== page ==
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Don't Be Fooled by Recent Rally: Dollar Will Fall Again

By    |   Monday, 22 March 2010 01:57 PM

Many people may be mystified by the recent rally in the U.S. dollar.

However, I’m not. Let me explain.

It’s a fact that we have inferior fundamentals in the United States.

We print too much money. We hold interest rates unusually low for too long. We run up debt on the government level. And it seems like we never really have any serious plan about getting out of that debt.

This is why ever since we came off the gold standard, the dollar has plummeted overall. It went from being backed by something with substance (gold) to being backed by the “full faith” of the government.

Banks know that when you add on tons of debt that your chances of making your payments and repaying the debt are slim-to-none, no matter how well intentioned you are.

Well, if nation was applying for a bank loan and had a credit score test, the nation wouldn’t stand a chance at getting that bank loan.

This is how our foreign creditors look at this, too.

That’s why foreign creditors are gradually backing off dollars and turning to gold, other commodities and foreign currencies. These will all rise over time as the dollar falls.

However, the dollar isn’t falling at this moment. It has rallied overall since December.

But let’s view this rally in context. Since the multiyear trend is downward, this rally is just a “bear market” rally. By that, I mean it’s a bounce upward in an overall downward trend because the larger multiyear slide is still intact and will likely remain that way.

But even bear markets have corrections upward from time to time. Right now is one of those times.

So don’t scratch your head when a bear market doesn’t go down every day or even every month. Bear market rallies can last for months and I’ve even seen one last about a year.

However, overall, the dollar is heading lower and will continue to do so through the years.

The first thing to keep in mind is that this isn’t a new “bull market” in the dollar. It’s a rally in an old bear market.

Secondly, currencies are a relative game. By that I mean it’s the choice of who’s the “ugliest” in the contest. Right now, the euro couldn’t have worse negative sentiment.

Almost every day, we hear about the woes of Greece and Spain and others in the euro zone.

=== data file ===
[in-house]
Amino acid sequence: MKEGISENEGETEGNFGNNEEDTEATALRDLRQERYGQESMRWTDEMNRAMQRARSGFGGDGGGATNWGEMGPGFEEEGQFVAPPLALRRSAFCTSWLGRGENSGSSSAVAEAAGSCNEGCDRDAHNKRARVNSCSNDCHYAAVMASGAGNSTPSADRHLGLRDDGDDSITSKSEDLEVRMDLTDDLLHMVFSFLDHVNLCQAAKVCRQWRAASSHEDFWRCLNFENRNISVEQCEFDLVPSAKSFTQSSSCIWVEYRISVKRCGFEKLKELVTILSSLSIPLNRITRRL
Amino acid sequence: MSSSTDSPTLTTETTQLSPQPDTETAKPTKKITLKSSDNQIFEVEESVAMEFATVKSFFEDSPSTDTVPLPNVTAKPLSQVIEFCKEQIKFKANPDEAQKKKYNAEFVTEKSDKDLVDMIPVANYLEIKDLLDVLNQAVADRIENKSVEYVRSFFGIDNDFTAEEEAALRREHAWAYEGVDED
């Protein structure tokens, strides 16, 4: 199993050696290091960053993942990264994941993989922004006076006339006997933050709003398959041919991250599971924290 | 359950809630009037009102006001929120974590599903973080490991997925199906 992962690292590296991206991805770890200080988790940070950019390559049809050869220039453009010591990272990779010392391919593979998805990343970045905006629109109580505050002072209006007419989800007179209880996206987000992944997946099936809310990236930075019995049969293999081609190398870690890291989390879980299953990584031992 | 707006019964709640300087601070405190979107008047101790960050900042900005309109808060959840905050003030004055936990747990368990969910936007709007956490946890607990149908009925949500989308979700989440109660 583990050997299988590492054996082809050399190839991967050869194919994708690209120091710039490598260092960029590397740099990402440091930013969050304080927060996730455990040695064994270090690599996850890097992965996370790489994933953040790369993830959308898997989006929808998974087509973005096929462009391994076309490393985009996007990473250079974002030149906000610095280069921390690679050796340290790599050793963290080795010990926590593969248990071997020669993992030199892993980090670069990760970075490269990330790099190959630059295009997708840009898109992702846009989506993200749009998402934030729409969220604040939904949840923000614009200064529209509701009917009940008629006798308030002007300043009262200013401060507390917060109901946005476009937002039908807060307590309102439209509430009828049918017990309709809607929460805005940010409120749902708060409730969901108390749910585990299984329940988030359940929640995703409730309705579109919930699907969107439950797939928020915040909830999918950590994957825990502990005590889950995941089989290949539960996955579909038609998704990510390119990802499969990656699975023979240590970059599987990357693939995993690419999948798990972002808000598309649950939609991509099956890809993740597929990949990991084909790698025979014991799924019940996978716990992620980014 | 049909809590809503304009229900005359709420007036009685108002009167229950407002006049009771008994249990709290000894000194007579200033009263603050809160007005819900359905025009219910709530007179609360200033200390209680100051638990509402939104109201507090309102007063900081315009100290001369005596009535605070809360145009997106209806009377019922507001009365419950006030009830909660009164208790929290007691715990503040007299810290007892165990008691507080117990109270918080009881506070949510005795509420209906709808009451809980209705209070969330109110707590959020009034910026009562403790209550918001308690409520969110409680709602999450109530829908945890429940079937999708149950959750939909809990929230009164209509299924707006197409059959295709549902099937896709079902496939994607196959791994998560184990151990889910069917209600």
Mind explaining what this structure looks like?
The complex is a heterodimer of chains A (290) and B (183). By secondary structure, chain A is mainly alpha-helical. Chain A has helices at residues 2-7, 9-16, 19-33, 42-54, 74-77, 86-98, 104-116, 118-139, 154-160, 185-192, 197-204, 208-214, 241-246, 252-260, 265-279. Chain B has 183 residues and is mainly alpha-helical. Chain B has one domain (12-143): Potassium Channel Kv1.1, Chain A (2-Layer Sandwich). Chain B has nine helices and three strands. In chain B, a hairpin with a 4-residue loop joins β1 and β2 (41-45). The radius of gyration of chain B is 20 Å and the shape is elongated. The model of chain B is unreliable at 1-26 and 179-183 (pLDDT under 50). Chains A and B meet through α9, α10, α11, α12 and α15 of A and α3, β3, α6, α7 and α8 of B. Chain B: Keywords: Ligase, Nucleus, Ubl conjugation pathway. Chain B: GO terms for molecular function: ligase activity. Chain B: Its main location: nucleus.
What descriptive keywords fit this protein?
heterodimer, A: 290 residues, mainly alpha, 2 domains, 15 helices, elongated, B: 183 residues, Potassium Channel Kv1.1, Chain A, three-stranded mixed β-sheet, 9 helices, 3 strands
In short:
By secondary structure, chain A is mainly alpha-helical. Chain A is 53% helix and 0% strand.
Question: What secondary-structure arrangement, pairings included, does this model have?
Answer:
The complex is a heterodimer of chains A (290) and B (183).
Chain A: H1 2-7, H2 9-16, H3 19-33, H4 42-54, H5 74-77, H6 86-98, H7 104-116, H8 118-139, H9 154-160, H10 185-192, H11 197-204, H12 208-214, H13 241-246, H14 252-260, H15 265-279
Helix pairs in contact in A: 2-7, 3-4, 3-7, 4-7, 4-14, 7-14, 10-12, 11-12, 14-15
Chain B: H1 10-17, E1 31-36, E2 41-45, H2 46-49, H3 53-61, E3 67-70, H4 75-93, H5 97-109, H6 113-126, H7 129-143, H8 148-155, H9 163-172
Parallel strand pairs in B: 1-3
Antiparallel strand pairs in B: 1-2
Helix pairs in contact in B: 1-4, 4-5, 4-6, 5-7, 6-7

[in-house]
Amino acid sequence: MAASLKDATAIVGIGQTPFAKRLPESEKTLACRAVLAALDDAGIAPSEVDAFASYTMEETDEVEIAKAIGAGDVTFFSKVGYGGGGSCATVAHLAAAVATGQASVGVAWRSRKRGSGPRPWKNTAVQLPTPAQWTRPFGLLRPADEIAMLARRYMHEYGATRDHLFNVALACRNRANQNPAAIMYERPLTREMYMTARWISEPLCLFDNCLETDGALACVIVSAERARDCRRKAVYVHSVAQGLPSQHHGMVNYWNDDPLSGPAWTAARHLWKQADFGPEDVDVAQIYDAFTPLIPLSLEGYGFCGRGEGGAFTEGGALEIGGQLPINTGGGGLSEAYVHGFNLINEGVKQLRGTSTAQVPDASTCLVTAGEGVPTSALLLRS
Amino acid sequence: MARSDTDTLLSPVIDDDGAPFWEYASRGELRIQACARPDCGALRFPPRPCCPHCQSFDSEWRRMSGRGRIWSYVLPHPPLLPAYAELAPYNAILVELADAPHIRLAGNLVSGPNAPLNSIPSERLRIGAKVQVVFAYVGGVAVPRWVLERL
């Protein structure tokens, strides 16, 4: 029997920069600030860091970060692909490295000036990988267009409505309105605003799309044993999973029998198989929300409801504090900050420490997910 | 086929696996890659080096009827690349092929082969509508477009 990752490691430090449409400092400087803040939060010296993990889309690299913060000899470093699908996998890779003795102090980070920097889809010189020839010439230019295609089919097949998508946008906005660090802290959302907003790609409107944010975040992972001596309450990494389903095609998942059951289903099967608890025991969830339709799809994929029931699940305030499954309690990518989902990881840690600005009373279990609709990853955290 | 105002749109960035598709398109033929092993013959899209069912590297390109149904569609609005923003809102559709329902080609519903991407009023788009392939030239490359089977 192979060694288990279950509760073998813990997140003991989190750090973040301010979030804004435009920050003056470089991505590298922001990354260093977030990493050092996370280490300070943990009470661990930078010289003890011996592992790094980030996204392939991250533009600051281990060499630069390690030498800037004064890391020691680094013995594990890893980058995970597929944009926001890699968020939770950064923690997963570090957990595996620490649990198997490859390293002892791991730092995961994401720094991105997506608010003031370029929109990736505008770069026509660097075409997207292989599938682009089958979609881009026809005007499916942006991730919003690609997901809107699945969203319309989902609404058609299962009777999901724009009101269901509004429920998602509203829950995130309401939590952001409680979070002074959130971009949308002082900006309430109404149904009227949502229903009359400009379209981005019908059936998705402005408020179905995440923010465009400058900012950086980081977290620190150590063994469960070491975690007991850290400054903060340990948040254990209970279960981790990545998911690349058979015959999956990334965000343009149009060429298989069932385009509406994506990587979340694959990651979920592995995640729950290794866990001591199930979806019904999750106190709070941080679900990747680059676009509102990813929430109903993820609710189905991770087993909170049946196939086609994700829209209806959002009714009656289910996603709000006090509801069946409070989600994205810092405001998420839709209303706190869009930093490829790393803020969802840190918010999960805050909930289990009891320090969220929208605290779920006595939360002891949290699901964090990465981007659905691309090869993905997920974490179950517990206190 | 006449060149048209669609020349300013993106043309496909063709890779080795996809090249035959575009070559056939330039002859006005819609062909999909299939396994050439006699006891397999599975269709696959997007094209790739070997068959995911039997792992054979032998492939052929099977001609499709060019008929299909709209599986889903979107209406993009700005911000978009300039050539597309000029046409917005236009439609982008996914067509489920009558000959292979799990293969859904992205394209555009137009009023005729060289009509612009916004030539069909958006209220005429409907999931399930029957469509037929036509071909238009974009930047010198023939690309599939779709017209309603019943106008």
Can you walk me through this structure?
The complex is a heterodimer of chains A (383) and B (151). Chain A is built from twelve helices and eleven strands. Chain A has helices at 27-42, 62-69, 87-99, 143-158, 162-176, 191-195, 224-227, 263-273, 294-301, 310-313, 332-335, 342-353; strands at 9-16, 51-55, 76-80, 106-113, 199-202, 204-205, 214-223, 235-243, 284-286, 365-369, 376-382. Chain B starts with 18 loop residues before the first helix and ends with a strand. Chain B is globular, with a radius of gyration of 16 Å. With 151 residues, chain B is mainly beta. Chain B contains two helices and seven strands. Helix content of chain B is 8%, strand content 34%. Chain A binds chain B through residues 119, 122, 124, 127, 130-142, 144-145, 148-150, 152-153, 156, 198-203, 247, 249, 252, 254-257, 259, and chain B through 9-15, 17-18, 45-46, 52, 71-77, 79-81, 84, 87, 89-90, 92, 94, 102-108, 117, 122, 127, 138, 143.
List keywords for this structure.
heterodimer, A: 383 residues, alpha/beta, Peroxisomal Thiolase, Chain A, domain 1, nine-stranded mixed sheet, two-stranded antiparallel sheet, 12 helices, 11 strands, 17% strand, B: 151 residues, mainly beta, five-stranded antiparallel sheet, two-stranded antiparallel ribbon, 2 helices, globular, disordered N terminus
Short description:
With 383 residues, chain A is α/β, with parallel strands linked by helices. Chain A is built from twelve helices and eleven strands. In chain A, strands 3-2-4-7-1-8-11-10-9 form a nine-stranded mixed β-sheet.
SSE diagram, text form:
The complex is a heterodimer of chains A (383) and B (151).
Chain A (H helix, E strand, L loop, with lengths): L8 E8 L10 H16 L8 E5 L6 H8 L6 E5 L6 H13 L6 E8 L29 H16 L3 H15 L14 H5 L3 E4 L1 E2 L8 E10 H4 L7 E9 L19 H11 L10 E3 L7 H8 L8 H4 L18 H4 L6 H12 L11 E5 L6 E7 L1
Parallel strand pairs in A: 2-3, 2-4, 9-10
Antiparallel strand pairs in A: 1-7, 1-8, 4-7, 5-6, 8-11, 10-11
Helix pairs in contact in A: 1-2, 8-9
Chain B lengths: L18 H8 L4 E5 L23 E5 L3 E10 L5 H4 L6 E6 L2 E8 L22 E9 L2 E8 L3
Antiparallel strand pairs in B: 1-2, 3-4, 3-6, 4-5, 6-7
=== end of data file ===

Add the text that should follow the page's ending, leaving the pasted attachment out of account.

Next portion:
This negative sentiment has traders and investors running from the euro zone and into the dollar as a “less ugly” alternative at the moment.

Even the pound is falling. British officials’ money printing (quantitative easing) program has watered down the pound so much that it continues to fall and head lower almost by the day.

So when the “Big Money” can’t run to Europe, the next stop to consider is the United States.

Now, when the problems in Greece (and Spain, Portugal, Italy, etc.) get fixed, then money will flow back into those regions once again and the dollar will continue its downtrend.

However, for now, the dollar looks a bit “less ugly” than the euro or pound due to the investor sentiment not being quite as pronounced at the moment.

Remember that the Big Money can’t just go anywhere with their investing dollars. They have to go to very deep, liquid markets. So they just can’t go anywhere they’d like.

Therefore, they are forced to park a good bit of that money in the U.S. dollar at the moment.

In addition, the U.S. is clipping along at a better pace right now than Europe. I know it doesn’t feel that way … but relatively speaking, we’re doing better.

To prove this, you can look to the year-over-year gross domestic product, or GDP, numbers (which show the growth of the two nations).

Right now, the U.S. had a year-over-year GDP of 5.9% while Europe’s was 0.1%.

While our U.S. number is a “government induced” number and not driven by consumers at this point … it’s still how the numbers fall.

So, right now, that makes us the “less ugly” one in this “ugly” contest.

Finally, many investors fear that stocks could crash again very soon.

So they are going ahead now and putting money into the things that prosper when stocks tank. That is typically the dollar and the yen … and sometimes U.S. Treasuries (but may not this time around) and gold.

So how long will this temporary dollar rally last?

While I can’t give you a date and time, I can say that it’s likely to last until the debt problems in Europe are fixed. And if stocks correct severely, the dollar would likely rally until the sell-off in stocks finally comes to an end.

Therefore, this rally could last for a few more months or so, very easily.

Now, since you know that this rally is temporary and ultimately the dollar will defer to its long-term fundamentals and fall again, you can use this temporary “dollar strength” to buy things like foreign currencies and gold.

After all, you’re going to be buying these financial assets cheaper when the dollar is stronger. You’ll also be able to buy more of them while the dollar is stronger.

So there’s still never been a better time to start moving some assets out of the U.S. dollar.

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Many people may be mystified by the recent rally in the U.S. dollar. However, I m not. Let me explain. It s a fact that we have inferior fundamentals in the United States. We print too much money. We hold interest rates unusually low for too long. We run up debt on the...
Monday, 22 March 2010 01:57 PM
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